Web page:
This is what I wanted to talk about in this meeting, and I also wanted to thank the steadfast people for their good feelings, interest, and following the events in Riyadh. I thank the brothers who came to Riyadh to attend the signing ceremony. The initiative has been signed, and what matters is goodwill and good heart after the signing.
The International Committee of the Red Cross (ICRC) is seriously concerned about an increase in fighting in the city of Taiz.
In a press release issued on Friday, the ICRC said that there has been indiscriminate shelling of civilian areas, and essential infrastructure is being destroyed.
"We call on the parties on the ground in Taiz to allow the safe passage of ambulances, medical workers and aid workers so that lives can be saved and the delivery of urgently needed humanitarian assistance can be made possible," said the head of the ICRC in Taiz, Olivier Chassot.
The ICRC indicated that the health situation in the governorate is particularly dire. The handful of hospitals still functioning are having to deal with large numbers of wounded people as well as severe shortage of supplies. The ICRC has had serious difficulties in delivering lifesaving medical and surgical supplies to a number of hospitals in Taiz.
The European Union (EU) has affirmed that the recent airstrikes on Hodeida port imposed an immediate hindrance to imports food, fuel, medicines and other supplies.
A joint Statement by the Spokespersons of the High Representative / Vice-President Federica Mogherini and Commissioner for Humanitarian Aid and Crisis Management Christos Stylianides on the bombings in Yemen of port facilities in Hodeida said:
“The current conflict in Yemen is having a dramatic impact on the civilian population whose needs have reached alarming proportions. Access for the delivery of humanitarian aid and essential supplies, including fuel, food and basic commodities to ordinary Yemenis remains extremely difficult.
The head of the International Committee of the Red Cross (ICRC) has described the humanitarian situation in Yemen as catastrophic.
"The humanitarian situation is nothing short of catastrophic. Every family in Yemen has been affected by this conflict. The people are facing immense hardship. And it is getting worse by the day. The world needs to wake up to what is going on," said Peter Maurer, who just ended a three-day visit to Yemen on Tuesday.
"The compounded effects of intense fighting and import restrictions are having a dramatic impact on health care," Maurer said. "Health facilities have been massively attacked as well as suffering collateral damage."
President of the International Committee of the Red Cross (ICRC) Peter Maurer has said that the ICRC will expand its activities in Yemen.
In a press conference in Sana’a on Sunday, Maurer affirmed that his visit will achieve positive and prompt results with regards to the humanitarian response in Yemen.
He said that he is optimistic that the visit will result in doubling the ICRC efforts to face this “disastrous” situation as what the ICRC and its partners currently provide cannot cover all the humanitarian aspects, specially that the country is under siege.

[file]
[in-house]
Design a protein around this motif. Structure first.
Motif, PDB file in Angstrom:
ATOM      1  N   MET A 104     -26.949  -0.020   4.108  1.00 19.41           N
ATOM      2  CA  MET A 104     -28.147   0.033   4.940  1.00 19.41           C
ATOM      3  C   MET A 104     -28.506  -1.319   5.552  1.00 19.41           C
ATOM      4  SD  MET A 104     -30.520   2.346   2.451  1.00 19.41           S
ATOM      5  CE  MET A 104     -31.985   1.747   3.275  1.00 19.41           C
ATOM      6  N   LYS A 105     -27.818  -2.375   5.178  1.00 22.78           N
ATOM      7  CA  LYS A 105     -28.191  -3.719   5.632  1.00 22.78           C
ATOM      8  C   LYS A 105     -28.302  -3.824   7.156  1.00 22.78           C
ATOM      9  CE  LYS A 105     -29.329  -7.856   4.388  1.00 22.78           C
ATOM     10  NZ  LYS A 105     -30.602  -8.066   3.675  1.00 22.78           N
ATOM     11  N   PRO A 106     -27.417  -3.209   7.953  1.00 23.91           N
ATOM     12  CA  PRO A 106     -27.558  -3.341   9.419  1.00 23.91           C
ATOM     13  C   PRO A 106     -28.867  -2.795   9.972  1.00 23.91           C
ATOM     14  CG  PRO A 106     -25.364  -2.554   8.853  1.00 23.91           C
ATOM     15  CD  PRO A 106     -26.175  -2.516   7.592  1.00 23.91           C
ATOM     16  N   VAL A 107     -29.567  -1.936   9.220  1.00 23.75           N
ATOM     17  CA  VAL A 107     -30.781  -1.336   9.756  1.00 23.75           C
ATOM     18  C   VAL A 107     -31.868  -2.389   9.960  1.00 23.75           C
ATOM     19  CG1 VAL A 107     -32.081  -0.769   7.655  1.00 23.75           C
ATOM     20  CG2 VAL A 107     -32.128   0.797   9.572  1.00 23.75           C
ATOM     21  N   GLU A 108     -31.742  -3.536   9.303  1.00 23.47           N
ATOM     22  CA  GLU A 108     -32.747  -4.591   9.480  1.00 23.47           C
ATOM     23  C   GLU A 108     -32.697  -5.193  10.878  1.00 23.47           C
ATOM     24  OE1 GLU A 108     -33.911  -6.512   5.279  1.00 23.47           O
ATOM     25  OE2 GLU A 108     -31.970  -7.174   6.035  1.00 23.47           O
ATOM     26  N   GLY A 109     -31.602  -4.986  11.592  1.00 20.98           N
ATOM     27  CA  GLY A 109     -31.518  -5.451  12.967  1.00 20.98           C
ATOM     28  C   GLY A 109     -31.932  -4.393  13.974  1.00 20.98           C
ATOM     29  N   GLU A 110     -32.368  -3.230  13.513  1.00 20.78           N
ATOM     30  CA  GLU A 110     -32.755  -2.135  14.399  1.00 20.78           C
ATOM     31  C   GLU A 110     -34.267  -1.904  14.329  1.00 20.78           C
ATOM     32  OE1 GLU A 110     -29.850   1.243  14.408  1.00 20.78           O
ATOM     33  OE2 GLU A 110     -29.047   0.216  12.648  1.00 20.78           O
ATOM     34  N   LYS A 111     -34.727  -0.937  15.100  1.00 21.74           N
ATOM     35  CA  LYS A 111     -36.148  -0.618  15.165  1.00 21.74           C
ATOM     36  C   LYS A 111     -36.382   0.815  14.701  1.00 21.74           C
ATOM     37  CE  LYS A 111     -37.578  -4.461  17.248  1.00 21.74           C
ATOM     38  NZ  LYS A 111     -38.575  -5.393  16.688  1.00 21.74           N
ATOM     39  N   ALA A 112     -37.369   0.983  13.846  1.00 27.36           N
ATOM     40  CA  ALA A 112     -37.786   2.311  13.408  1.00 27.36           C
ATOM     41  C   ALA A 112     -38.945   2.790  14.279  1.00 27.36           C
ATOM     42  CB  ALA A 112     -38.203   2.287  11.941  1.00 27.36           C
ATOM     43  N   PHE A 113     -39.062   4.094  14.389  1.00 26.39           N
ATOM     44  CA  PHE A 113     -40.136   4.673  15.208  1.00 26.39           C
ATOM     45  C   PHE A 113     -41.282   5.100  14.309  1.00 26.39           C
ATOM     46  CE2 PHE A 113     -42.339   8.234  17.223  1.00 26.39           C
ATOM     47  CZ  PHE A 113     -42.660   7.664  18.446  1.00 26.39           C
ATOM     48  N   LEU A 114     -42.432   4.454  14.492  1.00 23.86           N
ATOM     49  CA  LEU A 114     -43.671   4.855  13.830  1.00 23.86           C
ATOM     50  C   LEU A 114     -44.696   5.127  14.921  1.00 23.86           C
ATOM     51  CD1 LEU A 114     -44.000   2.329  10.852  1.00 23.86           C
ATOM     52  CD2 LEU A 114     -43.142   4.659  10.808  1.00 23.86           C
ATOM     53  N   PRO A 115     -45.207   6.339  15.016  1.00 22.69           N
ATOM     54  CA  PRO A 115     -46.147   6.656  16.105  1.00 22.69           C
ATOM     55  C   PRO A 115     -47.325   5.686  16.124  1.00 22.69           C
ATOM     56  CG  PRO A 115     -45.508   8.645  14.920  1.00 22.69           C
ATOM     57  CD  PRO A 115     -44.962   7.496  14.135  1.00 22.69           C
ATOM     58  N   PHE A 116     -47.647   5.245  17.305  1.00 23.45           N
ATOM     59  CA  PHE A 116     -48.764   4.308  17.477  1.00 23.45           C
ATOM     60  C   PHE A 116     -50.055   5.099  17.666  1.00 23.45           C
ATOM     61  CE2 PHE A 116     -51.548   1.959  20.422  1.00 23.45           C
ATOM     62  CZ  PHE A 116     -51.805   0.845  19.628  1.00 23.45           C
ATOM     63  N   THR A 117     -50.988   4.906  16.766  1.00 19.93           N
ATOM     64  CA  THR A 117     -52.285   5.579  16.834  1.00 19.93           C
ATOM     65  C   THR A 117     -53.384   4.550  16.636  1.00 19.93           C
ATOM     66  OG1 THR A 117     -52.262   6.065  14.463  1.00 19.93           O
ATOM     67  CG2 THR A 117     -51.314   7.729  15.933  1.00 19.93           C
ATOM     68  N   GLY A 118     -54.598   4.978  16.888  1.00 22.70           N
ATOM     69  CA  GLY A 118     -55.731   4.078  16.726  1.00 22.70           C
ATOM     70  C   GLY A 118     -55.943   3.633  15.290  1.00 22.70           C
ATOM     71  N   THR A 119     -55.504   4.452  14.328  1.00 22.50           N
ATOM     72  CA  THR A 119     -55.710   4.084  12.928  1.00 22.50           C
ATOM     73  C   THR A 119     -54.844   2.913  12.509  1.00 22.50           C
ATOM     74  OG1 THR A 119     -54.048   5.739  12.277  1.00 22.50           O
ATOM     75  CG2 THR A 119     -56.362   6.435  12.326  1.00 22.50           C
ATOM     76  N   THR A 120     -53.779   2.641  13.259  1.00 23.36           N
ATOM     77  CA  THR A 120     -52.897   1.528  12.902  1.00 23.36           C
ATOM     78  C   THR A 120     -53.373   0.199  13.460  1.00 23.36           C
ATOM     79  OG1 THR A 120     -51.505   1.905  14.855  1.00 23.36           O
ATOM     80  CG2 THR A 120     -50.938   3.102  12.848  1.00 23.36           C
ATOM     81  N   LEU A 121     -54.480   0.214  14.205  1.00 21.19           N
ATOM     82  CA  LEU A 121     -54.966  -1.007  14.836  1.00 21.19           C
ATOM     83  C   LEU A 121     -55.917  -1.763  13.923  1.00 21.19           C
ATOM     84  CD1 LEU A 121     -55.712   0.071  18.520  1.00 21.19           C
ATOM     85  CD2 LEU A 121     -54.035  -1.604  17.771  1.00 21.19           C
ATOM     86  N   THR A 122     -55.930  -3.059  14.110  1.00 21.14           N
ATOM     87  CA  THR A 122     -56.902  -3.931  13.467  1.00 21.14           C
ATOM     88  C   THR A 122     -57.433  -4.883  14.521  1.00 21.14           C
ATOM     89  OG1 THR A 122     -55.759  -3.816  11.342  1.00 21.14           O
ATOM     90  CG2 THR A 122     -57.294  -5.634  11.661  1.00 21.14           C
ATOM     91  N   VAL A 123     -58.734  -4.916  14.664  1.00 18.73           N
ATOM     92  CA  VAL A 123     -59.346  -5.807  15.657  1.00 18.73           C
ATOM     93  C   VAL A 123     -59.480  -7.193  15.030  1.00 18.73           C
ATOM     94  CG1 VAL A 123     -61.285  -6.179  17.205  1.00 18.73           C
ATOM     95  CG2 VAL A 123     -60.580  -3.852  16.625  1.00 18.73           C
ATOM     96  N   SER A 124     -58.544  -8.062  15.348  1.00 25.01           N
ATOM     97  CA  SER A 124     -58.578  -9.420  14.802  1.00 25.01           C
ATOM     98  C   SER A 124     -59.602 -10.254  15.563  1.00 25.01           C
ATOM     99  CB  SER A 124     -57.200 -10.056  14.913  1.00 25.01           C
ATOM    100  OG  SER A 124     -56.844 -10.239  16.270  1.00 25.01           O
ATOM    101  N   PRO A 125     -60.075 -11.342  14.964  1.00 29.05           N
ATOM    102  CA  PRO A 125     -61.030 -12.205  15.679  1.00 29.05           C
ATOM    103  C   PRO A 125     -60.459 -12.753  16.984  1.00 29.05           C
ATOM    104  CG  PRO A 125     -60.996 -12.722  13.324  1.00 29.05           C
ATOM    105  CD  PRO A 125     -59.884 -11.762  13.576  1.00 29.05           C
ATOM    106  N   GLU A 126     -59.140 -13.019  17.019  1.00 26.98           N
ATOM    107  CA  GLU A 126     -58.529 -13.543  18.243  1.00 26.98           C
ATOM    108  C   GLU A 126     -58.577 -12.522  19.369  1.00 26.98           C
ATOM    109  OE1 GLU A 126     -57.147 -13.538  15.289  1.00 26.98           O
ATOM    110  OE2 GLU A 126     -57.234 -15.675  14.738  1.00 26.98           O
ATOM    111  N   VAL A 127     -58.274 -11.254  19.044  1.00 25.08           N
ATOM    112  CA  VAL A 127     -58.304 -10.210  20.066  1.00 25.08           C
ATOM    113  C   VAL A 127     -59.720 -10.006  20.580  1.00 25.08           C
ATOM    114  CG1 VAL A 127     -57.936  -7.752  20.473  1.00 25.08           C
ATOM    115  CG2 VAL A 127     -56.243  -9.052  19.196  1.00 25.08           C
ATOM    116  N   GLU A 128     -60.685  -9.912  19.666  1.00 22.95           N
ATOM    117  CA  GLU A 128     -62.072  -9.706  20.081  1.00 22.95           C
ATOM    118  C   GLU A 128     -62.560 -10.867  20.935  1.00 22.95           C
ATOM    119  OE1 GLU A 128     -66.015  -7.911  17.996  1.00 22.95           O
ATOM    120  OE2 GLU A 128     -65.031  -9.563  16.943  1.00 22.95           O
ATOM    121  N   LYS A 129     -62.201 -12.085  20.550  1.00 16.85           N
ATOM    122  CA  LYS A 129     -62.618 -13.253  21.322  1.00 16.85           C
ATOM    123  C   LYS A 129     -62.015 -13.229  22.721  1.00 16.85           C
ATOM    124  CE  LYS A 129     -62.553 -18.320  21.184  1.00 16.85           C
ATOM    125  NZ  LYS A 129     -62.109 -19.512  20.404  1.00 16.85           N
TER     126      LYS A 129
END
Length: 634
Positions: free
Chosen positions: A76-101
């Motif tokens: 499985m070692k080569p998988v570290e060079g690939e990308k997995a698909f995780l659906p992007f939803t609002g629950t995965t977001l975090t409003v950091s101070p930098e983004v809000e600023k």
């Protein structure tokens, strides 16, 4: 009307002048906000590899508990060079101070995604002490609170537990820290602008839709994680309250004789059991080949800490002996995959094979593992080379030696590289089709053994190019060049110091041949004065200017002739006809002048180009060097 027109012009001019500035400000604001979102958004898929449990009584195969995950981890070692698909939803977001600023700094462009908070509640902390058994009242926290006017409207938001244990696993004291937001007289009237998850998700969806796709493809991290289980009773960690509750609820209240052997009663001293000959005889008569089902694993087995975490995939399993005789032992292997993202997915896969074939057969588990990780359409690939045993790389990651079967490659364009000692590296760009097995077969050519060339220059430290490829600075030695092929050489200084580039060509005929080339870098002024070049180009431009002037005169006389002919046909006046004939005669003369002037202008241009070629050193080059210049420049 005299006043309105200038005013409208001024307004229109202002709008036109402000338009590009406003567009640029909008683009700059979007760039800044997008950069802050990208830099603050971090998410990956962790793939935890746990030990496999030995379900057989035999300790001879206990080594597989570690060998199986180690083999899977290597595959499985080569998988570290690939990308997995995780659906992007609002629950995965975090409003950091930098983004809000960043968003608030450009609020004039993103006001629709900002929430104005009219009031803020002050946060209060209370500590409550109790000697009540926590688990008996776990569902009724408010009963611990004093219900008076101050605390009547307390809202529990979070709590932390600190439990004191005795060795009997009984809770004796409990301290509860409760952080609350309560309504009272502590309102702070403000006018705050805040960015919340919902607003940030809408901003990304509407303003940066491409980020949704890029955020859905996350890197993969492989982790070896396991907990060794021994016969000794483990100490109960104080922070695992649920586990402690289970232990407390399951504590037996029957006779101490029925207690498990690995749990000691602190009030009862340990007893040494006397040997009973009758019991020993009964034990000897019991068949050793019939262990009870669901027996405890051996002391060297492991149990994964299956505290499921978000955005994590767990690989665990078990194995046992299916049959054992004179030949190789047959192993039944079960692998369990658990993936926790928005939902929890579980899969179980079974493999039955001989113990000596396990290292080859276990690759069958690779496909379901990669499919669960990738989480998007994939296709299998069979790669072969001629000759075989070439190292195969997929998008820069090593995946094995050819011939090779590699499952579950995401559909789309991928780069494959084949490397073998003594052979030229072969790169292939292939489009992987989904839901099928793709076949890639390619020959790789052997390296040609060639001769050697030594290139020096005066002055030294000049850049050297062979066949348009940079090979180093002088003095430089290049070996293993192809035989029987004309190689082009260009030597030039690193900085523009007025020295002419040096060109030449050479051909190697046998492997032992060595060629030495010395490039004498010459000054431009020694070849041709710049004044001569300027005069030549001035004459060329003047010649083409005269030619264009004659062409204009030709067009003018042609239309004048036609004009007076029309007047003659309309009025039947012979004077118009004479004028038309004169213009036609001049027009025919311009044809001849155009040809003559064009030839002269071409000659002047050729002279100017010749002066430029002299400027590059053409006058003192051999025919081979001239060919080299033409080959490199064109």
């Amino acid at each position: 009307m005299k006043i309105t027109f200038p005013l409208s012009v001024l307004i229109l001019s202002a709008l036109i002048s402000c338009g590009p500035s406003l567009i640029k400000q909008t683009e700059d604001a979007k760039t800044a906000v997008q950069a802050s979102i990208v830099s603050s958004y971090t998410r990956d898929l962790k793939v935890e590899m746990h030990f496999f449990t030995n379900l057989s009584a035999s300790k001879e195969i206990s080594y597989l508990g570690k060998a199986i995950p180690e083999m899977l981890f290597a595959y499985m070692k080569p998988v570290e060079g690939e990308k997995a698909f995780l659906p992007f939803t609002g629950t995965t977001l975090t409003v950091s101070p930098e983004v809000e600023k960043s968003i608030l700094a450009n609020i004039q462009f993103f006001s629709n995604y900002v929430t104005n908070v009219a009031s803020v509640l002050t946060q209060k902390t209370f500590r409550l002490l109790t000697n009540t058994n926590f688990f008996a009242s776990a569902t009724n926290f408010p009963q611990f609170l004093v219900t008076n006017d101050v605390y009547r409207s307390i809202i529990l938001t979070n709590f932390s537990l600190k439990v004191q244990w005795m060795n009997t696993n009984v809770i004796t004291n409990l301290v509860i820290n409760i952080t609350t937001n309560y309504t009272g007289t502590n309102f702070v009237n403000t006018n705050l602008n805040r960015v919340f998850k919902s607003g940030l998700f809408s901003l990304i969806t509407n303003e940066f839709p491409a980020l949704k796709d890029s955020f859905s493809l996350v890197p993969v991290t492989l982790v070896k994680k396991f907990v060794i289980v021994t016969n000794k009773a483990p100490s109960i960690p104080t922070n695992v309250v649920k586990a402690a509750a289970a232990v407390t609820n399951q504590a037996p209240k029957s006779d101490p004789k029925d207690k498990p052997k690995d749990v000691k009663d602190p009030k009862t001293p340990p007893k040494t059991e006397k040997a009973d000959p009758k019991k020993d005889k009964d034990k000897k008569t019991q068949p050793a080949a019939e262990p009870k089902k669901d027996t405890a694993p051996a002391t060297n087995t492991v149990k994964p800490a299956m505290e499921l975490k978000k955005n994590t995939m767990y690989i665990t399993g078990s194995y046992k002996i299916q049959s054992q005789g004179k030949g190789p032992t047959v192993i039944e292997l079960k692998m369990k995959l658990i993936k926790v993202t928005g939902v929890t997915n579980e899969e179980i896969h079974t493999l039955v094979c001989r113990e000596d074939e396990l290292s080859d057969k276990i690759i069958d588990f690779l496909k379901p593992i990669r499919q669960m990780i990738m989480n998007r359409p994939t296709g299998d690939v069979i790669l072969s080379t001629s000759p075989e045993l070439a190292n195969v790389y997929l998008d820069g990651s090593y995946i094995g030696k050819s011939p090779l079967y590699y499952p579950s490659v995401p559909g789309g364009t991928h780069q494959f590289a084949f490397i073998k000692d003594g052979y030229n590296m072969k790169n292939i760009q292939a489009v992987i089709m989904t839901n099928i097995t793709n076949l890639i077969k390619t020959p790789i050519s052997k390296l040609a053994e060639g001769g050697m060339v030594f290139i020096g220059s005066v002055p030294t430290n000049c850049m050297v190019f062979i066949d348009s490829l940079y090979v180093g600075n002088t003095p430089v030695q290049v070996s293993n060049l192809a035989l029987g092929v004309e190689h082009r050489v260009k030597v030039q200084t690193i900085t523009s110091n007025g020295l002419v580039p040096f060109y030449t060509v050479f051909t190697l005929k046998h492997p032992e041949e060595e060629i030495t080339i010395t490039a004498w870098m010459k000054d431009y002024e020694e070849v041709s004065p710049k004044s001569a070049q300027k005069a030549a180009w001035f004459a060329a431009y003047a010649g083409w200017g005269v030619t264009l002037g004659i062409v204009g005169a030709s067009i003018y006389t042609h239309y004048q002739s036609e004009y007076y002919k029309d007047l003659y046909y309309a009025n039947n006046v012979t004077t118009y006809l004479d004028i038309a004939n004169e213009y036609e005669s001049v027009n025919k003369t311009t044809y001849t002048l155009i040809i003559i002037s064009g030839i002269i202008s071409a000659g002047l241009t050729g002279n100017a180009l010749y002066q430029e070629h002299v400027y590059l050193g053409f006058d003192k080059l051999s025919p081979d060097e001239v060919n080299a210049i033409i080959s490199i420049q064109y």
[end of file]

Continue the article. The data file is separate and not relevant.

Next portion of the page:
The Saudi aggression continued on Sunday to launch airstrikes on several governorates in the country.
A security source said Saudi war jets launched a number of raids on different parts of Hajjah governorate, destroying the building of the Roads and Bridges Authority in Haradh town in addition to many air raids carried out by drones in the town.
The Saudi warplanes also launched many raids on al-Hamara area of Lahj governorate, which led to numerous fatalities, including women and children. More than 16 sorties were carried out against areas of Muthalath al-Anad, al-Anad Air Base, Abain and Karesh, the source said.
In Dhamar governorate, the Saudi warplanes launched an airstrike targeted the Yemeni Economic Corporation building in Ma'abar city.
The United Nations has announced that the number of Yemeni internally displaced persons (IDPs) due the military aggression had doubled in less than two weeks.
In a statement issued on Wednesday, the United Nations Office for the Coordination of Humanitarian Affairs (OCHA) said that the number of Yemeni IDPs had increased twice in 19 governorates since 17 April 2015 when 150 thousand Yemeni IDPs were registered.
It warned of the gravity of situations in Yemen because of the aggression.
The statement pointed out that the big number of IDPs are from the northern Hajjah governorate, in addition to southern Al-Dhalea and Abyan governorates.
Amnesty International has called for investigating the killing of hundreds of civilians, including scores of children, by the Saudi Arabian-led airstrikes across Yemen.
"The month-long campaign of air strikes carried out by Saudi Arabia and its allies has transformed many parts of Yemen into a dangerous place for civilians," said Said Boumedouha, Deputy Director of Amnesty International's Middle East and North Africa Programme.
"Millions of people have been forced to live in a state of utter terror, afraid of being killed at home. Many feel they are left with no choice but to move away from their destroyed villages to an uncertain future."
The UN has stated that more than 550 civilians have been killed including more than 100 children since the military campaign began on 25 March.
Amnesty International said it has documented eight strikes in five densely populated areas, which are Sa'ada, Sana'a, Hodeida, Hajjah and Ibb, noting that several of these strikes raised concerns about compliance with the rules of international humanitarian law.
According its research, Amnesty International said at least 139 people, including at least 97 civilians, 33 of whom were children were killed during the strikes, and 460 individuals were injured, at least 157 whom are civilians.